This is a notion often credited to Greek philosopher Heraclitus who said, “everything changes, and nothing remains still; and you cannot step twice into the same stream”. It’s particularly true of Lennox Head, where the pace of change often seems exponential. Other parts of our Shire are changing more slowly, but everything is relative, and it might still be overwhelming for some.

I’ve witnessed a lot of change since growing up here in the 1980s. After I finished high school, I spent most of my twenties and thirties studying or travelling, but every few years I’d come home to a town that looked distinctly different than when I left. I never lamented it (and I still don’t) and I’ve always been excited by the new people and opportunities that change brings.

I’m conscious that not everyone shares my attitude. Not a day goes past where someone doesn’t share their resentment about the way our community has changed. Too many “blow-ins”, too many big houses, too much traffic. On and on it goes.   

Dropping nostalgic references to days gone past has become a flex. If you remember <insert person or place here> then it means you are a real local. Sometimes it a harmless trip down memory lane, but other times its used to send a message to newcomers to pipe down and observe their place in a pointless hierarchy of small-town power.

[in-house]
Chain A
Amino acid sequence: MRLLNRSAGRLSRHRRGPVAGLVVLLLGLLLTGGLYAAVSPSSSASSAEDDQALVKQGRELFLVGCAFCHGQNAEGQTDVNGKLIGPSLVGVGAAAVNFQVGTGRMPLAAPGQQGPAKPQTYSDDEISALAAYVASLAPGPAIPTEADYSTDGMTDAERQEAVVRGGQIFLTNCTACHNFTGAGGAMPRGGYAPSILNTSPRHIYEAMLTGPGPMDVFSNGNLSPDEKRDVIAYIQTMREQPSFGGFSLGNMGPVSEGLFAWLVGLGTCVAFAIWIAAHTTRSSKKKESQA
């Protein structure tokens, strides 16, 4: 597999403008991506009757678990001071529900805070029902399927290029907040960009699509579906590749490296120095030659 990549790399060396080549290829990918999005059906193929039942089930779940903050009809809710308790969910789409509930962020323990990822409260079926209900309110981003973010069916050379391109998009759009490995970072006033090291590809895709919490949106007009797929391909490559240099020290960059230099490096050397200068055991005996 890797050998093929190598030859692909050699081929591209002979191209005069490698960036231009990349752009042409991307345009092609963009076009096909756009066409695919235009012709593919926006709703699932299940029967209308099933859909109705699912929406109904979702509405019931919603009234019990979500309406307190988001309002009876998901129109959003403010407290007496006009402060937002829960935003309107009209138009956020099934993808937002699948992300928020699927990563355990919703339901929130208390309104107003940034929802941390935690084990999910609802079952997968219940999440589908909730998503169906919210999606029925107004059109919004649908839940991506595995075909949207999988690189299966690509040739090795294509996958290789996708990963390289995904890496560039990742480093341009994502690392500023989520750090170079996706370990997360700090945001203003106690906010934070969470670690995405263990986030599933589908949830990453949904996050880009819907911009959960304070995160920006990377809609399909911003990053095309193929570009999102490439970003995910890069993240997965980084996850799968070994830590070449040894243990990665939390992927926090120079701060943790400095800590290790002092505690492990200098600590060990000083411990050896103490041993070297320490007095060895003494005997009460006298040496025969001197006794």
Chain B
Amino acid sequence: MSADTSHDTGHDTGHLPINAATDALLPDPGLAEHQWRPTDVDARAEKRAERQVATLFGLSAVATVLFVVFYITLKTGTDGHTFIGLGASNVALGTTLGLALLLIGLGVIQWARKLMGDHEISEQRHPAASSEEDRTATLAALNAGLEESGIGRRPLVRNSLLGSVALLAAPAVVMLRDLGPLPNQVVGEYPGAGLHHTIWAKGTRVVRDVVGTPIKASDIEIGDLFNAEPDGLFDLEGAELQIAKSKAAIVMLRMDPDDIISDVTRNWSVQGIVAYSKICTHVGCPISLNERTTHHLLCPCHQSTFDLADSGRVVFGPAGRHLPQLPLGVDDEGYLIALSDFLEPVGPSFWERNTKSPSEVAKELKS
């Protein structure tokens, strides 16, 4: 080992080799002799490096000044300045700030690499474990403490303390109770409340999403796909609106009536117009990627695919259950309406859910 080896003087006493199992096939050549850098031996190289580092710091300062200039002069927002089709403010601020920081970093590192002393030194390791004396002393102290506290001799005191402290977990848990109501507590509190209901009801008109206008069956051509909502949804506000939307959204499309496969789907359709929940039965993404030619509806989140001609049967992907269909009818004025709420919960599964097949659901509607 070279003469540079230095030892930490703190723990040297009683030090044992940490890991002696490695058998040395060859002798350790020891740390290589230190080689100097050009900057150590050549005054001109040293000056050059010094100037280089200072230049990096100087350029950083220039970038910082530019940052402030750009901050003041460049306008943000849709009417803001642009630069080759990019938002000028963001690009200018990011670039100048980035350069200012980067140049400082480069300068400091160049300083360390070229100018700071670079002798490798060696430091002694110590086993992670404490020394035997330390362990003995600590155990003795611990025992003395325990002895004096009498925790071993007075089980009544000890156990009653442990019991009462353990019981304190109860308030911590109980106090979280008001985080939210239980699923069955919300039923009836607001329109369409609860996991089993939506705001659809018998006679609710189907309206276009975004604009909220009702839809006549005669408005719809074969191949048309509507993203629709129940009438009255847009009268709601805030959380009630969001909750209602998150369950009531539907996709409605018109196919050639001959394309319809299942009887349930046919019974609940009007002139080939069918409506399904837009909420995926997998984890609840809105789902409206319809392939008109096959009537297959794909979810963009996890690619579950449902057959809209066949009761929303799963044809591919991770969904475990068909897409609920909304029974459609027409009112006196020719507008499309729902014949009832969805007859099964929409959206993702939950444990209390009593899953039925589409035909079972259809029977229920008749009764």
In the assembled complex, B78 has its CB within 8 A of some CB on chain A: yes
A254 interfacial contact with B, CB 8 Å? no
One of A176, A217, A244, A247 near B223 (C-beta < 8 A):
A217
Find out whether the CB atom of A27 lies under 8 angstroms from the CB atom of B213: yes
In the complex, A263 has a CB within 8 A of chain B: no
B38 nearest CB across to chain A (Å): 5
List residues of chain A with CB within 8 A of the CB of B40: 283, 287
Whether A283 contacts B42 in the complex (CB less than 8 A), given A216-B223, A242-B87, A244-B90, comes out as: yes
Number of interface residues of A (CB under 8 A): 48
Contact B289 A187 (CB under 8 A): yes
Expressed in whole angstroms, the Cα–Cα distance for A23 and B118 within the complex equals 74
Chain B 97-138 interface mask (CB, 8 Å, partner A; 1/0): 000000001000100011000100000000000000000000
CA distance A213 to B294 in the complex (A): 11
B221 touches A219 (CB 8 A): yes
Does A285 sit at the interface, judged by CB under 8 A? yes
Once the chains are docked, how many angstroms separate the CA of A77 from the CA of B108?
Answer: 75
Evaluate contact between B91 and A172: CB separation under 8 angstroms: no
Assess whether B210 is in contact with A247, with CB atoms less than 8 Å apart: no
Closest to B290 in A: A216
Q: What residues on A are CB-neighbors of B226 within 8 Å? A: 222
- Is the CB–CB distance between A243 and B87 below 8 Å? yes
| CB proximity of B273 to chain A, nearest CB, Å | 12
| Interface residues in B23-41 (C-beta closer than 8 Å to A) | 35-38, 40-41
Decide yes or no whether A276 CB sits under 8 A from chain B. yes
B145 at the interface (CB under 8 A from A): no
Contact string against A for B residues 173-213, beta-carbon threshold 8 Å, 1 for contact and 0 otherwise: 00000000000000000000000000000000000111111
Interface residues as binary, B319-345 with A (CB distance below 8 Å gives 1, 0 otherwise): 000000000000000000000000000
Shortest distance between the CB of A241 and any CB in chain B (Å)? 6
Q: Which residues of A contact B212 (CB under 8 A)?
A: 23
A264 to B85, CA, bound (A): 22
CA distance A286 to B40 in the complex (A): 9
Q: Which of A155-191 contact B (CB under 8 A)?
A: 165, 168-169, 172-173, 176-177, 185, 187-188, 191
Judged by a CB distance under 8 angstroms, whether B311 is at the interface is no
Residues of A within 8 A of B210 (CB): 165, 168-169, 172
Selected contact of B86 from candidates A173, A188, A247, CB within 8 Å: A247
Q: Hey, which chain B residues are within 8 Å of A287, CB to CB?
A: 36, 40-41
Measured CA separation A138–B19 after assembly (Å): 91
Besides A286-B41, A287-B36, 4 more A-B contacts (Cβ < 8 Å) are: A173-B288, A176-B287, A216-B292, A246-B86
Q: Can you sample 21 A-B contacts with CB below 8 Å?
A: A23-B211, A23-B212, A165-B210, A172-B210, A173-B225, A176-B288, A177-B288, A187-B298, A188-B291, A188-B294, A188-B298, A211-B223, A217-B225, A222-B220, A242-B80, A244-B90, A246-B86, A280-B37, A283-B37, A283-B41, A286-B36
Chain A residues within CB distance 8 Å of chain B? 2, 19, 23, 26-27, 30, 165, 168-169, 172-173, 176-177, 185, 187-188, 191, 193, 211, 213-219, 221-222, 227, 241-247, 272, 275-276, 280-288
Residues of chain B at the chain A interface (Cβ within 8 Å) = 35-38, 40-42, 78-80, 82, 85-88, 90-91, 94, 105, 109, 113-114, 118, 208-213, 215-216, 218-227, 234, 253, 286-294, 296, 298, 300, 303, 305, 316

I think it’s time we talked less about how long we’ve lived here and more time about what we’ve done for our community since we arrived. As a Councillor I go to a lot of community meetings and events and it’s abundantly clear to me that it is a small percentage of the population who shoulder the time consuming and often thankless burden of keeping our community institutions running.

Opposing change is easy. It takes no more effort than a comment on a Facebook post. Engaging with change to get the best outcome for our communities takes more effort. Reading proposals, attending meetings, writing submissions. Our population is growing, and people need to live somewhere. Stopping development doesn’t stop people moving to our towns, it just pushes up house prices and makes things more congested.

So perhaps we can all learn something from Heraclitus’ wise words when contemplating the future of our communities. The only constant in life is change. We can choose to spend our time complaining about it (and being perennially unhappy) or focusing our energy and attention on building a thriving and inclusive communities where everyone feels welcome.